After our daily wander around Papil, the first stop on 12th was the Loch of Spiggie for wildfowl, and we weren’t disappointed with highlights being whooper swans, scaup, 4 long-tailed duck, goldeneye, 2 Slavonian grebes and a single common scoter. Continuing to explore the area we wandered along Spiggie beach where 4 stunning summer plumage great northern divers were out in the bay. The original plan for the rest of the day was to head south, towards Sumburgh Head. Stopping at Virkie, a scan of the beach yielded large numbers of dunlin and bar-tailed godwits, and a red-throated diver offshore, while another of those probable eastern yellow wagtails flew over and was later relocated nearby. The pager then kindly informed us of an arctic warbler at Baltasound on Unst, a target species for all of us so the plan quickly changed.

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Arctic Warbler, Baltasound, 12th October

The journey up to Unst was worth it, for the bird showed very well (but was silent) and the scenery was lovely too. We only had a couple of hours to spend there so tried making the most of it. Merlin, Siberian & common chiffchaffs, yellow-browed warbler, blackcap, lesser whitethroat and our first fieldfare of autumn were the best we could do while searching for (and dipping) a Hornemann’s arctic redpoll not far from the arctic warbler.

Returning south towards Sumburgh Head the following day (13th), gave us a chance to explore it further. It was great to enjoy fulmars up close, something you don’t get much in the Solent, and also a pink-footed goose in a field at Grutness (again, not a species one would expect in the Solent!). Razorbills, black guillemot, eider and a red-throated diver were offshore – a seawatch I could only dream of on patch.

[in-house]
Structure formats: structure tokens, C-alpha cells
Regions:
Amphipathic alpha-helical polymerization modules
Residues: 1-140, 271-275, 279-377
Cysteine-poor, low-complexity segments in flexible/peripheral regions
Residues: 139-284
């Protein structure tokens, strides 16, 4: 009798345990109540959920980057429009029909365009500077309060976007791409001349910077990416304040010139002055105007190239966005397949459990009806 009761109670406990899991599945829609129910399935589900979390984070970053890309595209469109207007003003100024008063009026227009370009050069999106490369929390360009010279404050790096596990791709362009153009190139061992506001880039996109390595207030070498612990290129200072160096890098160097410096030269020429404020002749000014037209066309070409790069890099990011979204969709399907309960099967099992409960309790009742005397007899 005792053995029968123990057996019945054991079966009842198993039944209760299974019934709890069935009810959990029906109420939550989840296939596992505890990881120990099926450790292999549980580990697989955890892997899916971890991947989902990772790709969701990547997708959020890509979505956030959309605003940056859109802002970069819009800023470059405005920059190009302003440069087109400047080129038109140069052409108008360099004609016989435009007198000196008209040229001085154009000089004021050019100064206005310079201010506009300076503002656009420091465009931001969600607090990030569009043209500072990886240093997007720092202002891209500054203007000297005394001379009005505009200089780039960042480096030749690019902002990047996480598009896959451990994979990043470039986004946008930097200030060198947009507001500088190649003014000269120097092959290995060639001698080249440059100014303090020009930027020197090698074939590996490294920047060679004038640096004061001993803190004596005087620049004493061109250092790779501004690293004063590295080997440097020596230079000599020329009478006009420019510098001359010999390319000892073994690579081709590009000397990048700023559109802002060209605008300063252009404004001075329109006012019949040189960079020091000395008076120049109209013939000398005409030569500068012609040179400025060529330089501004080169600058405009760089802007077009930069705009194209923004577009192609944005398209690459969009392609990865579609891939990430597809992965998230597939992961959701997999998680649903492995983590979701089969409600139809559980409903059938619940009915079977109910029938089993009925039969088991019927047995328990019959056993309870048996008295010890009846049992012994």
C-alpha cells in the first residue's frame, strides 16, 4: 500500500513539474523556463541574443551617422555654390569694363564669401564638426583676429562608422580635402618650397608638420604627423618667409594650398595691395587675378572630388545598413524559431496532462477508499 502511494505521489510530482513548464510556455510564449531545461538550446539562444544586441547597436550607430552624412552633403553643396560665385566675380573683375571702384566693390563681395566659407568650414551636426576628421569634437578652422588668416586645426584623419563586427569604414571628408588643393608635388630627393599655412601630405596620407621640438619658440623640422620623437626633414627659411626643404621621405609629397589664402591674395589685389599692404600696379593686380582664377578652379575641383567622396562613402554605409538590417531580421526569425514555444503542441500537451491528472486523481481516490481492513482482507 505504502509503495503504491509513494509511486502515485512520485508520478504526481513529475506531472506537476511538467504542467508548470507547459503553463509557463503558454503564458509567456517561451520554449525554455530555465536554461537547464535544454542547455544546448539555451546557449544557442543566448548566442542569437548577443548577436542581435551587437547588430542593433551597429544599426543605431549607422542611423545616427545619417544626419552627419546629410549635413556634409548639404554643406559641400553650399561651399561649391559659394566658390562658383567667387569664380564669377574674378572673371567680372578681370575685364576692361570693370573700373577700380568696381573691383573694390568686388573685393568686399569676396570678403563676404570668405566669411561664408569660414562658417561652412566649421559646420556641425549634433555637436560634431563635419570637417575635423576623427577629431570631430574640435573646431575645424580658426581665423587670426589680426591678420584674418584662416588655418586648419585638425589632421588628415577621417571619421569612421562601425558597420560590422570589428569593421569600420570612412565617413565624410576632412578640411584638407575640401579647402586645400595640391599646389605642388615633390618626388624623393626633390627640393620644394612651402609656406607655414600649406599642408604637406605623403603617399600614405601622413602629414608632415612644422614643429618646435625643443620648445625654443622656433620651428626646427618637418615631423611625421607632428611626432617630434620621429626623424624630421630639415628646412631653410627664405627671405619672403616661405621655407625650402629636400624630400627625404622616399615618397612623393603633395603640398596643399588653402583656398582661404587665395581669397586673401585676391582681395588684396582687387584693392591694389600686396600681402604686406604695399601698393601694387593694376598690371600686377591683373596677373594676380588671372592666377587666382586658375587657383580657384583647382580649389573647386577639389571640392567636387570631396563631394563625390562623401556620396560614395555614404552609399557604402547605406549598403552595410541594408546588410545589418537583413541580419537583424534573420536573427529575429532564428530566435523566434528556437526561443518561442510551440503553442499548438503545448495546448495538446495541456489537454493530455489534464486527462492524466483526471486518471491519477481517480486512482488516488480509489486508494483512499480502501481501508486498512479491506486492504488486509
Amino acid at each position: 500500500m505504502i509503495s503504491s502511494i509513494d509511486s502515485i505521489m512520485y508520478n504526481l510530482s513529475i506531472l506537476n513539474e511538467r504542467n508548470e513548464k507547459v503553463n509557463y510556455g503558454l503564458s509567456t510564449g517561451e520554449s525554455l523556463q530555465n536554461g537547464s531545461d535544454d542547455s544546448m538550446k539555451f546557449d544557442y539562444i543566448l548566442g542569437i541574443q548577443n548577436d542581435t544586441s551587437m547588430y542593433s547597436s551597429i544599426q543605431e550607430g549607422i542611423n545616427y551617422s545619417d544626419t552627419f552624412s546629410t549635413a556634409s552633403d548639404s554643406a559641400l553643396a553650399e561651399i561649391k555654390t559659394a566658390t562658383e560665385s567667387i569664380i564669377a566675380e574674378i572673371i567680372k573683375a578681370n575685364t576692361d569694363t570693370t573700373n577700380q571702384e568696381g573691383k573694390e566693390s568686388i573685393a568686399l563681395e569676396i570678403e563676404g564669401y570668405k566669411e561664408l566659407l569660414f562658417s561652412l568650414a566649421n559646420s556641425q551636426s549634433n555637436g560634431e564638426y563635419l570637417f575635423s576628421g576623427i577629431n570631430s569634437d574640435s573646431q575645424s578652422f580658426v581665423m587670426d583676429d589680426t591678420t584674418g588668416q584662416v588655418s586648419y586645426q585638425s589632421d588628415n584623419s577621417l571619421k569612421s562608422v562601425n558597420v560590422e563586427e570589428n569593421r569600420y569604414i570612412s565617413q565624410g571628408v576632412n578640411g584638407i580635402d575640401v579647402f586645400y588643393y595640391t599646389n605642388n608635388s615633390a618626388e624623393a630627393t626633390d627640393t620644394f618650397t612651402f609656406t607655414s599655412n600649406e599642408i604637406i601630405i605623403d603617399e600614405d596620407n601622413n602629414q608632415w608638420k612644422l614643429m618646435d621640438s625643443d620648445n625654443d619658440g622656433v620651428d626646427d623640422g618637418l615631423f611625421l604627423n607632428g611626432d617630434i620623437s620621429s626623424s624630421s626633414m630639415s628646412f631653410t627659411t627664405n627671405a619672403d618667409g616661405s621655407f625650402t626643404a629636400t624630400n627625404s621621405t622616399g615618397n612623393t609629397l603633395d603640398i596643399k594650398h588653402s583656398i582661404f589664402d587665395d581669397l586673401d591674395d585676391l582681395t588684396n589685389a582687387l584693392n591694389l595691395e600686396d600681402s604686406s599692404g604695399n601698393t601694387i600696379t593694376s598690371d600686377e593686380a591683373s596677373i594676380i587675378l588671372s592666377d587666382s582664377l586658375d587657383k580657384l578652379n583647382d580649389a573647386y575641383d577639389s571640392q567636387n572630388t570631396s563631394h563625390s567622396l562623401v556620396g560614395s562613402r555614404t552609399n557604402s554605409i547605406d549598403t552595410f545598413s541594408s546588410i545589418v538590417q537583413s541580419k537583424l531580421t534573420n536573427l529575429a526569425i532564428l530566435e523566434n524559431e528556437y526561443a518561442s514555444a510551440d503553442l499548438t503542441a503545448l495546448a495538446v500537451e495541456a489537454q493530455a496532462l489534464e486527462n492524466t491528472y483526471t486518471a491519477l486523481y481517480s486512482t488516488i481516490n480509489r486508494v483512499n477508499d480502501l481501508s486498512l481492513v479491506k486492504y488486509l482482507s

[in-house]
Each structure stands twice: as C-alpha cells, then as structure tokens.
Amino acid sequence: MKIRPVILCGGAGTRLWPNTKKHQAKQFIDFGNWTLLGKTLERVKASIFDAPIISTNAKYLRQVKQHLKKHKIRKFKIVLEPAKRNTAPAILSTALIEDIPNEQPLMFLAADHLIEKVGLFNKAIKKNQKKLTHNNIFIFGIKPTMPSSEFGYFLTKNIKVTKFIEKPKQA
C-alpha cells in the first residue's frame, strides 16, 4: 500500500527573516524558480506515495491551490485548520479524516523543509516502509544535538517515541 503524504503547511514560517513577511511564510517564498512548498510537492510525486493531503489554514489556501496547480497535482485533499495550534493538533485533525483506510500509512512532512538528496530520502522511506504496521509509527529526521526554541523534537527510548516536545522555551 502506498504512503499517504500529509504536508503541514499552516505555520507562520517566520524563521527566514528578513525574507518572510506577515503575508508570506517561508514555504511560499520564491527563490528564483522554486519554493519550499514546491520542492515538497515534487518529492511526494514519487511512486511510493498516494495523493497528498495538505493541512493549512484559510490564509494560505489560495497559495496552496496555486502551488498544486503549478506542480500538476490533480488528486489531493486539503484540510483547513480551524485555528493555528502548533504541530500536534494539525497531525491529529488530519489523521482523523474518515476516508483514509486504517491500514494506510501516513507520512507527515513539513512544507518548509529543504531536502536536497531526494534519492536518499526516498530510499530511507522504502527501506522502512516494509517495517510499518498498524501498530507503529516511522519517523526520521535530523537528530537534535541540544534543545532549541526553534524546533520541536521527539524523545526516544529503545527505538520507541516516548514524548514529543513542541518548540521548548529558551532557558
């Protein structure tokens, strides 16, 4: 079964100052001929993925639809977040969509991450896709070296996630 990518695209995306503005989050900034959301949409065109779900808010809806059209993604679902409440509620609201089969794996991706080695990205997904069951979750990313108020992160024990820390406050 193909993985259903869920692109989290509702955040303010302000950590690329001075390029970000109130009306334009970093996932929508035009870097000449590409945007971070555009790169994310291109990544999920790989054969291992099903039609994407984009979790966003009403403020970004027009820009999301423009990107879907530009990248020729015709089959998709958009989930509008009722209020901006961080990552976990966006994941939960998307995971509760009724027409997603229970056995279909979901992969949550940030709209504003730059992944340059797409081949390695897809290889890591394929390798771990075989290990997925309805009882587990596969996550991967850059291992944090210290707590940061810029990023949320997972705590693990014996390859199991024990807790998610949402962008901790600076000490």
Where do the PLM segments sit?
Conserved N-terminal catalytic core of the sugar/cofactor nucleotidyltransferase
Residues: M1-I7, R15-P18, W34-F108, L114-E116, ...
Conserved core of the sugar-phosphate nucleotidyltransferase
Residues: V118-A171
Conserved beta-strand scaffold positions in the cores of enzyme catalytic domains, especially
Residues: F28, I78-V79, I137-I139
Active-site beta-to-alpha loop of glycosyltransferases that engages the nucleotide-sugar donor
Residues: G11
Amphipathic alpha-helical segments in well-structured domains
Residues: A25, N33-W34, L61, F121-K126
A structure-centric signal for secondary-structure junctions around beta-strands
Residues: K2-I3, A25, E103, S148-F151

13th continued with a trip over to South Collafirth to connect with a rather showy (but hard to photograph) pallas‘s warbler flitting about in the trees with 3 yellow-browed warblers and a chaffinch. Travelling towards the south, we stopped at Kergord to check the plantations we’d spotted on the map. A nice spot which seemed worth exploring further, although our short check yielded only a few yellow-browed warblers, including a rather dull individual that may in fact be a Hume’s warbler but was sadly silent while we watched it.

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A dull Yellow-browed/Hume’s Warbler that was sadly silent (from Sean Foote’s video)

Our next target, pallid harrier, wasn’t quite so cooperative. We made to attempts to see the pallid harrier by the Loch of Hillwell, neither of which were successful (except for Ed, who managed to catch a glimpse of it one morning). However, our evening by the loch wasn’t all that fruitless with 4 shoveler, a lesser black-backed gull and a reed bunting by the loch, and a very interesting flycatcher in the fields by one house in Ringasta. As soon as Ed and Matt called us over, it was clear the bird wasn’t a red-breasted flycatcher – very striking, with a clear white throat and darker dusky underparts. Taiga flycatcher came to mind, but we realised just how rare that is. Other birders soon helped us watch and photograph it and noted other key features. It was interesting to hear the views of birders far more experienced than myself discuss it’s identification.

By 14th, the wind had picked up quite considerably, making birding harder but the perseverance was well worth it. Sadly, the flycatcher wasn’t refound so it’ll be up to the rarities committee to decide if the evidence gained is enough for taiga flycatcher. The morning was spit between Papil, where numerous kittiwake were flying around the bay and a hawfinch passed overhead, and the plantations at Kergord.

The plantations were fantastic, an area we wish we’d discovered earlier in the trip. Wandering through each one yielded the expected species such as chiffchaff, blackcap, redwing, many brambling and yellow-browed warblers. The highlight has to be the arctic warbler Sean found, great to see a second, although not as showy as the first!

The afternoon began around West Voe beach for another spot of seawatching while trying to shelter from the wind. It was a great session (to me anyway) with a decent number of long-tailed ducks, great northern diver, many gannets and kittiwake and large numbers of barnacle geese heading inland. News then broke of a pied wheatear nearby at Scatness found by Steve Minton. It showed brilliantly in front of us on the dry stone wall, while flying low over our heads from time to time. We also heard about the northern long-tailed tits Dan Houghton had found also around the same area, which sadly didn’t stay long enough to twitch.

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Pied Wheatear, Scatness, 14th October 2016